Screenshot of Builder 3.19.90 in with Dark Mode theme

Completion Providers

IdeCompletionProvider, which is really just an extension of GtkSourceCompletionProvider allows integration with auto-completion in Builder. There are a bunch of examples in-tree. Clang is rather complex, but there is also Python Jedi, and Ctags.

Application Addins

As discussed previously, IdeApplicationAddin can be thought of singletons within the application. A nice way to share information in your plugin that is not project specific.

Application Tools

An IdeApplicationTool allows creating a sub-command that is accessible using the ide command. Compare this to how you use the git command line tools.


An IdeService is similar to an application addin, but is per-project. So each loaded project in Builder will have the service instantiated. We use this in the clang plugin to manage background AST generation. We then use these ASTs to do things like auto-completion, symbol resolving and symbol tree, semantic highlighting, and more.

Build Result Addins

When performing builds with Builder, you might want to extract information from the build output. This is exactly what the GCC plugin does to extract build time diagnostics. Your extension will be loaded when building and can receive callbacks or signals during the build process. See IdeBuildResultAddin.

Build Systems

The Build System support in Builder is provided by plugins. Currently, we only support autotools out of the box. However, I’m looking forward to contributions for more build systems. To implement a build system, you’ll need to take a look at IdeBuildSystem, IdeBuildResult, and IdeBuilder.


It’s no secret that my goal for Builder is to raise the bar in terms of developing with external devices. We don’t have much using this yet, but the goal long term is to listen to udev events and show devices as they are added in Builder. See IdeDeviceProvider for adding support here. Long term, this will be integral when interacting with IdeRuntime so that we can setup cross-compilers.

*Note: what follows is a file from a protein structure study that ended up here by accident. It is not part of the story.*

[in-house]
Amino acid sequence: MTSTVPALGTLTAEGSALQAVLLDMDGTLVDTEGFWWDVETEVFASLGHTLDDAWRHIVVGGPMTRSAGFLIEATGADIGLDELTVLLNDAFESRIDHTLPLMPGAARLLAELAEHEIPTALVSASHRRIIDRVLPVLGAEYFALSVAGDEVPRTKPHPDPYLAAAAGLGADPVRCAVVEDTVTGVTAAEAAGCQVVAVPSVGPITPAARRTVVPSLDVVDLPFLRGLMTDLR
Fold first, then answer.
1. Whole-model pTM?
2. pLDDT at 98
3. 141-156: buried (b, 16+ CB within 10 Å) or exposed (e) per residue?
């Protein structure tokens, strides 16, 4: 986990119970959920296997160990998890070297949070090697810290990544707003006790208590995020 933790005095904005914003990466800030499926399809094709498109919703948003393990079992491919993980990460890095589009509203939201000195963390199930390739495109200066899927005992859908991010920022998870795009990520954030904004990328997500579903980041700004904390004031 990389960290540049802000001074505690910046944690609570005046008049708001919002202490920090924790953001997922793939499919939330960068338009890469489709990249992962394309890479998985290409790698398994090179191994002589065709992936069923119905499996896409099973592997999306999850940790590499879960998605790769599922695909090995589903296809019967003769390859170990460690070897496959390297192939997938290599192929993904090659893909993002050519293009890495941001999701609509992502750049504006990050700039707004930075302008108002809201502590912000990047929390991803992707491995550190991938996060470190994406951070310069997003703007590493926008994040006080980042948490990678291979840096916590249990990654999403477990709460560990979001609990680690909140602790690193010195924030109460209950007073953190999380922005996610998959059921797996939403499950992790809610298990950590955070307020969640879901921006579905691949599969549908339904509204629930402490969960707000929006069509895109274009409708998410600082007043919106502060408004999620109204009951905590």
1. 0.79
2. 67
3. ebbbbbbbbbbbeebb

You can even imagine the devices being remote and connected via SSH.

Semantic Highlighting

Builder has support to make writing semantic highlighters easier. One of the tough parts of writing a highlighter is doing so at such a rate that does not block the main loop or make the UI stutter. IdeHighlighter is how we do this. Some examples are our clang highlighter and xml highlighter.

Auto Indenters

While I have grand ideas for new ways to write auto-indenters, our interface IdeIndenter will probably not need to change. This type of thing is always a lot of spaghetti code, rife with backtracking. But in 3.22 I hope to simplify this with a new “selector-based” indentation engine. More on that in the coming months. Currently we have a basic GNU C89 indenter, Python, XML, and Vala.


It’s no secret that I’m not happy with the current sidebar in Builder, but it’s the first step in the direction we want to go. Gotta start somewhere! But the piece that is very useful, is the concept of perspectives. Long term I expect perspectives to be how we avoid the the “jam everything into toolbars” IDE trap. Simply add the IdePerspective to the IdeWorkbench to add a new perspective. We current have 3, the editor, build configurations, and preferences. I expect a couple more by 3.22.

Workbench Addins

The IdeWorkbenchAddin allows you to tweak the UI of the workbench. Your addin is created once the workbench has loaded a project. You might add a GAction to be used in your UI, add a perspective, or surprise me.


The IdePreferencesAddin is how you add new preferences to Builder. It has a declarative interface to add switches and knobs and be able to remove them when your plugin unloads. This feature is how we avoid the “Configure Plugin” trap I complain so much about in “plugin orientated architectures”.

Project Miners

Unfortunately, last I tried tracker to do project discovery I ended up with about 20 GB of resident memory and then my system crashed. So we currently do project mining manually from Builder. I really hope this isn’t always the case, but it’s where we are today.